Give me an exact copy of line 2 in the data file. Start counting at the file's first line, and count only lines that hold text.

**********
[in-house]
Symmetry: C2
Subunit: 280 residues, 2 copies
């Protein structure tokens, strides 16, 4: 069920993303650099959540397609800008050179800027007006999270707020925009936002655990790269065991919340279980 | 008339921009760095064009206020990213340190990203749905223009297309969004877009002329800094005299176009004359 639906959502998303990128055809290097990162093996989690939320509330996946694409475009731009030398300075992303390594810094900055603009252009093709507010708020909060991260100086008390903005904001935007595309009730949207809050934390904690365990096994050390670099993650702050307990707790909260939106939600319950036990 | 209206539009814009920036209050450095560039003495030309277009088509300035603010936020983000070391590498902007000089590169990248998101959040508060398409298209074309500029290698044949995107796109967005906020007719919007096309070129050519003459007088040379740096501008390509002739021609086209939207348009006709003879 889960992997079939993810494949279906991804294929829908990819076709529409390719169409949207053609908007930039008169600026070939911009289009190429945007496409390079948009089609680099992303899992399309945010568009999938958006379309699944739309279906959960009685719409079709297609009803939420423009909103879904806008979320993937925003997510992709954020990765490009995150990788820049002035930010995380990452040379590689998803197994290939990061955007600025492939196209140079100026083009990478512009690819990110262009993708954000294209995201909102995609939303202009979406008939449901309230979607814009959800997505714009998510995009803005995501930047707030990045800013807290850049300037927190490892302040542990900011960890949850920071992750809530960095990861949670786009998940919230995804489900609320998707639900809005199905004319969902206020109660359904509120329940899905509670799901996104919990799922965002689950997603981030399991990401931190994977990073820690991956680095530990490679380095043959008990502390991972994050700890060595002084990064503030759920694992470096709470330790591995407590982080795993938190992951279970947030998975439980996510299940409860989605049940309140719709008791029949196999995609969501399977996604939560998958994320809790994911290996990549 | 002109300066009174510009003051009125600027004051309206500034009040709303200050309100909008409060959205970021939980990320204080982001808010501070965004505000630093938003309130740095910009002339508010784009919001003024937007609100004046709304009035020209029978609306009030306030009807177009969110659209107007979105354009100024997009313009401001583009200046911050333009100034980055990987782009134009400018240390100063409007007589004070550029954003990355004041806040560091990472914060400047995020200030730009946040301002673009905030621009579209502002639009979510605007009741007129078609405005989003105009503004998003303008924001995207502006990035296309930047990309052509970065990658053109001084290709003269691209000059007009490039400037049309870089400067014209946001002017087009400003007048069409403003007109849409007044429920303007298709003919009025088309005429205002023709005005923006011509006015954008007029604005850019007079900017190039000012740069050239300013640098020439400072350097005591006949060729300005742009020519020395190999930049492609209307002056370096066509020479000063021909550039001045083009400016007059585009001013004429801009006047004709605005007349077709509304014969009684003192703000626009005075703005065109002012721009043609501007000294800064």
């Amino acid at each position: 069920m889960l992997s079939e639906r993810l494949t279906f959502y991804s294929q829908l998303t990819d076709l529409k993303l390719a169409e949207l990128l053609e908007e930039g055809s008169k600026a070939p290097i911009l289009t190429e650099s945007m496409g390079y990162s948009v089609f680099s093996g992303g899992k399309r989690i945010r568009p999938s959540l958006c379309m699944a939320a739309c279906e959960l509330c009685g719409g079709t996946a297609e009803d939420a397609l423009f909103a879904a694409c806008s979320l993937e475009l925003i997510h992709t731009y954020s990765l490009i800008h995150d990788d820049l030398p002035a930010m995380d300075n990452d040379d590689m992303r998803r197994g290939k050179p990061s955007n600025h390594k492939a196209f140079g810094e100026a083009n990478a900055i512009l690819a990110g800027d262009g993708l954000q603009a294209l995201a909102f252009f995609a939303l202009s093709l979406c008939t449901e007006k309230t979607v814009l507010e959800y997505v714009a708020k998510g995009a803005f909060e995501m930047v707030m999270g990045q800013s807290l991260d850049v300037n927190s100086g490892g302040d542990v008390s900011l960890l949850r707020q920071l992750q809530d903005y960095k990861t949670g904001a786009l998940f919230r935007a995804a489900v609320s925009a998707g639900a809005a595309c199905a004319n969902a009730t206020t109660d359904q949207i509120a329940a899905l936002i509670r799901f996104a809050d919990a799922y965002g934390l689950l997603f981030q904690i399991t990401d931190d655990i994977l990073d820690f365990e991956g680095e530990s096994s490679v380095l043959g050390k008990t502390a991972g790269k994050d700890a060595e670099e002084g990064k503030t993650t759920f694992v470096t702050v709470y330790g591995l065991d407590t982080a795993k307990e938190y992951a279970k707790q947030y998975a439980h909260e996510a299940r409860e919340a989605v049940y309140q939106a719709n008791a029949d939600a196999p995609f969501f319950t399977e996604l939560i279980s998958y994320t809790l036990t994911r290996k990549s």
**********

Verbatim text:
Symmetry: C2